This middleware automatically adds and removes tabs once they’re associated/disassociated with search terms based on history metadata. AUTOMATIC_SEARCH_TERM_GROUPS is the ID of the partition, the search terms (e.g. “Toronto”) are used as group names.

Using middlewares provides all the flexibility we could need e.g., a middleware can put tabs in one or multiple groups, and generally is capable of observing all state changes in the system for grouping/ungrouping purposes.

Manual grouping with UseCases

I am not adding a specific code example here, as this is following our existing architecture e.g., TabsUseCases dispatches a TabListAction.RemoveTabAction(tabId) when the removeTab use case is invoked. We would provide a set of similar use cases that in turn dispatch the corresponding actions described above. So, TabGroupUseCases would dispatch a RemoveTabAction(partition, group, tabId) when the corresponding removeTab use case is invoked. These UseCases can be used by multiple features to implement manual grouping mechanisms. This will also allow for implementing overlapping use cases between automatic and manual groups e.g., a tab could be automatically grouped, but moved to another group by the user.

Reducers

We will need to introduce a new Reducer for the tab group actions outlined above. We will also need to either update our existing TabListReducer or handle TabListActions in our new TabGroupReducerto make sure we disassociate tabs from their groups when they get deleted. Keeping this state in sync is not something we should let every single middleware or feature to deal with itself. It’s relatively easy to handle this as part of our reducers.

Persistence

We should also support persisting tab partitions and groups using our BrowserStateWriter and BrowserStateReader. We currently plan to make this configurable on a group level. For some groups it may make more sense to recreate them in memory as needed e.g., for search term groups we already store the required metadata as part of tabs so it would be easy to recreate the groups on startup without having to persist additional data. The same is true for inactive tabs.

Alternatives

  • We could consider flattening this data structure. So, instead of the nested Partition/Group structure, we could use a single Map<GroupKey, List<String>> where the GroupKey contains both the name of the group, as well as a type or feature identifier. This would make the actions somewhat easier, as we could remove the partition parameter, but it would also be easier to make mistakes. An application could more easily look up or provide the wrong group, and it feels a bit unorganized :).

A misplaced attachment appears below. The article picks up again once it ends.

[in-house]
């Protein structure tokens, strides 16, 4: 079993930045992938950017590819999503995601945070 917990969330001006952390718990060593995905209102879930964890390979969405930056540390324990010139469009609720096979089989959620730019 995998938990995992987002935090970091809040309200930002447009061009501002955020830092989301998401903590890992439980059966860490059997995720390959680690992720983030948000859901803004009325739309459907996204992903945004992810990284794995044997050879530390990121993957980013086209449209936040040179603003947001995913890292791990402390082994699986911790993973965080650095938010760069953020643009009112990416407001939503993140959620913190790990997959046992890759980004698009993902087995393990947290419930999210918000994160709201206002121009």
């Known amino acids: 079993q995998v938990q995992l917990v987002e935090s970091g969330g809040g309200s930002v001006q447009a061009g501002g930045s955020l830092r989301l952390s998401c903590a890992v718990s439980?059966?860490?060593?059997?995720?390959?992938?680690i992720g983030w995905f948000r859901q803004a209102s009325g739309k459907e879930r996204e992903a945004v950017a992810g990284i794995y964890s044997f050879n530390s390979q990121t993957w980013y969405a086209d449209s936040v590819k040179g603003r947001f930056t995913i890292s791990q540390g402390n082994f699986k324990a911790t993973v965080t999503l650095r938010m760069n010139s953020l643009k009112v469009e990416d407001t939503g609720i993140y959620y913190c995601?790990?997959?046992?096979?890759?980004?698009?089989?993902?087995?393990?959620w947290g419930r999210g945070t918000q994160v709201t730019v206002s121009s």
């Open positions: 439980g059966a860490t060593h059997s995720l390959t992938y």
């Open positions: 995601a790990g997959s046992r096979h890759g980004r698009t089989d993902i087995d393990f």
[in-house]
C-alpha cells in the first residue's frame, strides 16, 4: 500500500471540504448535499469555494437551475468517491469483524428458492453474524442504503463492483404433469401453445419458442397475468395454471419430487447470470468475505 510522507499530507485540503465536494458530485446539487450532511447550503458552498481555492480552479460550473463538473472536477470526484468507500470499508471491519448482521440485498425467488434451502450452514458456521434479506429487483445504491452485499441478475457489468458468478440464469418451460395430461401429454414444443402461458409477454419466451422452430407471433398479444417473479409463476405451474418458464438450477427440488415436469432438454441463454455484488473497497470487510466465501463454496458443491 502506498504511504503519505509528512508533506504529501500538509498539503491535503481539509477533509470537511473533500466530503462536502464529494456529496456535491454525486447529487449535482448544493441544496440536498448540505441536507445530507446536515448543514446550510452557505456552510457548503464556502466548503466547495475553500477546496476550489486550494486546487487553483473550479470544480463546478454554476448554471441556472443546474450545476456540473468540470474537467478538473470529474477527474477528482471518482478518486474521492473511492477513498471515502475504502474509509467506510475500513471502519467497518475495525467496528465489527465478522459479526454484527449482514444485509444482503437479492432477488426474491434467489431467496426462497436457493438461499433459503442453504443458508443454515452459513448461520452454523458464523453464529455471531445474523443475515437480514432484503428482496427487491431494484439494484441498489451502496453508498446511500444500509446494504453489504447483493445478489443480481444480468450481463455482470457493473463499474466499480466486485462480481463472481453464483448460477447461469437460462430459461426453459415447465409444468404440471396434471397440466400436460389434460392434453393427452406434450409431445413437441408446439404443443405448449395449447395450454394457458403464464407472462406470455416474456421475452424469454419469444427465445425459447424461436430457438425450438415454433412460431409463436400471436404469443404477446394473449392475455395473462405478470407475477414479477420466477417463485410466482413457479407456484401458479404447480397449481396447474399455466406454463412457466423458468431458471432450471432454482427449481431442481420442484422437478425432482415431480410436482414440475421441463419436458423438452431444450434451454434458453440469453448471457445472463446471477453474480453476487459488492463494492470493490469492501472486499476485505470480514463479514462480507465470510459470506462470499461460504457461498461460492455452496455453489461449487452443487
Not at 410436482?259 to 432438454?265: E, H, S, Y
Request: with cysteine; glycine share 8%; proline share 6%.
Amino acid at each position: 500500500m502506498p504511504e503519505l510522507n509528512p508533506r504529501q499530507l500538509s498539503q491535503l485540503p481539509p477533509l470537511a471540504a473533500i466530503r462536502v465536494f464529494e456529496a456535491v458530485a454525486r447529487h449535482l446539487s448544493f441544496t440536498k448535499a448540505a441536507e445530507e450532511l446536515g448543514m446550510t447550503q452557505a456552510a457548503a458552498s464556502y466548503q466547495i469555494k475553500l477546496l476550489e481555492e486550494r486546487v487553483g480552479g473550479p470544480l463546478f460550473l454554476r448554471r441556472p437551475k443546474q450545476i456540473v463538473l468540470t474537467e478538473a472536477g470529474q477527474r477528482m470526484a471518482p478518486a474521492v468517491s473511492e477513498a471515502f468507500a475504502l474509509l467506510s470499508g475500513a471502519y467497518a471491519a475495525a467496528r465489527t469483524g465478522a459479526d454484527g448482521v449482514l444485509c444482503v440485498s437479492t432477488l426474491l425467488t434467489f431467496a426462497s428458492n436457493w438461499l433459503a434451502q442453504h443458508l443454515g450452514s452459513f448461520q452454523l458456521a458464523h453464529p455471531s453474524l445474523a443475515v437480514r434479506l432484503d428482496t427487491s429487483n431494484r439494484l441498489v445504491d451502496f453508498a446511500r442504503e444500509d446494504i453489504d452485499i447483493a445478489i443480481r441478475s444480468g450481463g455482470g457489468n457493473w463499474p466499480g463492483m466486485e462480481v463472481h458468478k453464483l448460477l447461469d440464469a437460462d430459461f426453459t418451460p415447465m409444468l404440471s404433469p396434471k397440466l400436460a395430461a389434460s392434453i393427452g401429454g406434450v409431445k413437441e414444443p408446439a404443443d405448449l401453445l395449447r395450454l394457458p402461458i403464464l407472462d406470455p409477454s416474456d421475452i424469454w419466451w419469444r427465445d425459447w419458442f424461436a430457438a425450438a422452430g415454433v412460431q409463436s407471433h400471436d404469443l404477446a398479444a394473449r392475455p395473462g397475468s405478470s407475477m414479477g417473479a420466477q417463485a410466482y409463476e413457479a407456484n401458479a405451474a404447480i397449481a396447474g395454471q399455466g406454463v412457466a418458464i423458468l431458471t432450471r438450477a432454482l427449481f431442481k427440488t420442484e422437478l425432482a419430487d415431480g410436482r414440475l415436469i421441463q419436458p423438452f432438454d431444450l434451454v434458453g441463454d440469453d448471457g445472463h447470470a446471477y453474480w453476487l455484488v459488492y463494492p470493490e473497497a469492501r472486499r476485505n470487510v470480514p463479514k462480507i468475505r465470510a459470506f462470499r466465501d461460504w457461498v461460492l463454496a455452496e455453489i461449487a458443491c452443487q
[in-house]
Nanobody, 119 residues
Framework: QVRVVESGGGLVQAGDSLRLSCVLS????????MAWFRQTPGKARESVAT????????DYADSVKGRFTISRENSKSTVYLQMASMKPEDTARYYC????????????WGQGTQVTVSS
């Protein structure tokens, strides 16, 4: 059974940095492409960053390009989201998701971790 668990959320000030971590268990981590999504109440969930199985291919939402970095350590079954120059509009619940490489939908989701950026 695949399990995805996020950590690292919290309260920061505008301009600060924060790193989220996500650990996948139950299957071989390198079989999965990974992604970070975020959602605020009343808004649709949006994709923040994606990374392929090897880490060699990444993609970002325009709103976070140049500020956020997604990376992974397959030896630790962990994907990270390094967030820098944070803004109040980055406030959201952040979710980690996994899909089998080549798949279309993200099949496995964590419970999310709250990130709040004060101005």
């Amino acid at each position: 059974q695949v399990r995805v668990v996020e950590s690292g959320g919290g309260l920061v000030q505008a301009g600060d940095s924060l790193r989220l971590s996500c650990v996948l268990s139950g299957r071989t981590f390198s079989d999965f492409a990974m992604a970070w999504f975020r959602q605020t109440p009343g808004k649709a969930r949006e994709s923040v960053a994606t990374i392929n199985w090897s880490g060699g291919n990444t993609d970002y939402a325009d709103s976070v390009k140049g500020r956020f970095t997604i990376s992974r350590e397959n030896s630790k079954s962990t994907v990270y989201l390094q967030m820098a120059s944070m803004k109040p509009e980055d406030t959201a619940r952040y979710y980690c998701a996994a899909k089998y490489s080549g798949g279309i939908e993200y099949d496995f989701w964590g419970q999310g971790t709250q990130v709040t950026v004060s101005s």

Future Work

  • We have discussed separating private tabs into their own collection in BrowserState. This work could also be combined with the proposal here to have normal and private tab groups within a partition. Alternatively, we could also introduce new top level types for PrivateTabs and NormalTabs with the corresponding parititions nested inside. Then the data structure described here wouldn’t need to change. This discussion and refactoring may be best done separately though.

  • We have recently introduced actions to move / re-order tabs [2]. Today these actions can not be used in combination with tab groups. The proposal here would allow for it though, as we could introduce versions of these actions that apply to partitions/groups.

[2] https://github.com/mozilla-mobile/android-components/pull/10936/

Questions

  • Is this design too simple? Does it cover all use cases we currently anticipate?
    • We worked through this in this RFC and decided that this would cover our current use cases as far as we know. One case that is not covered with this is supporting an ordered but mixed display of tabs and groups. We have no way of positining a group withing a list of tabs and vice versa, but this is outside the scope of this RFC.
  • Do we need to implement persistence now or should we punt on this and handle in a later iteration?
    • We decided to make persistence configurable on a group level. The actual implementation of this can land in multiple iterations as we currently don’t need to persist groups.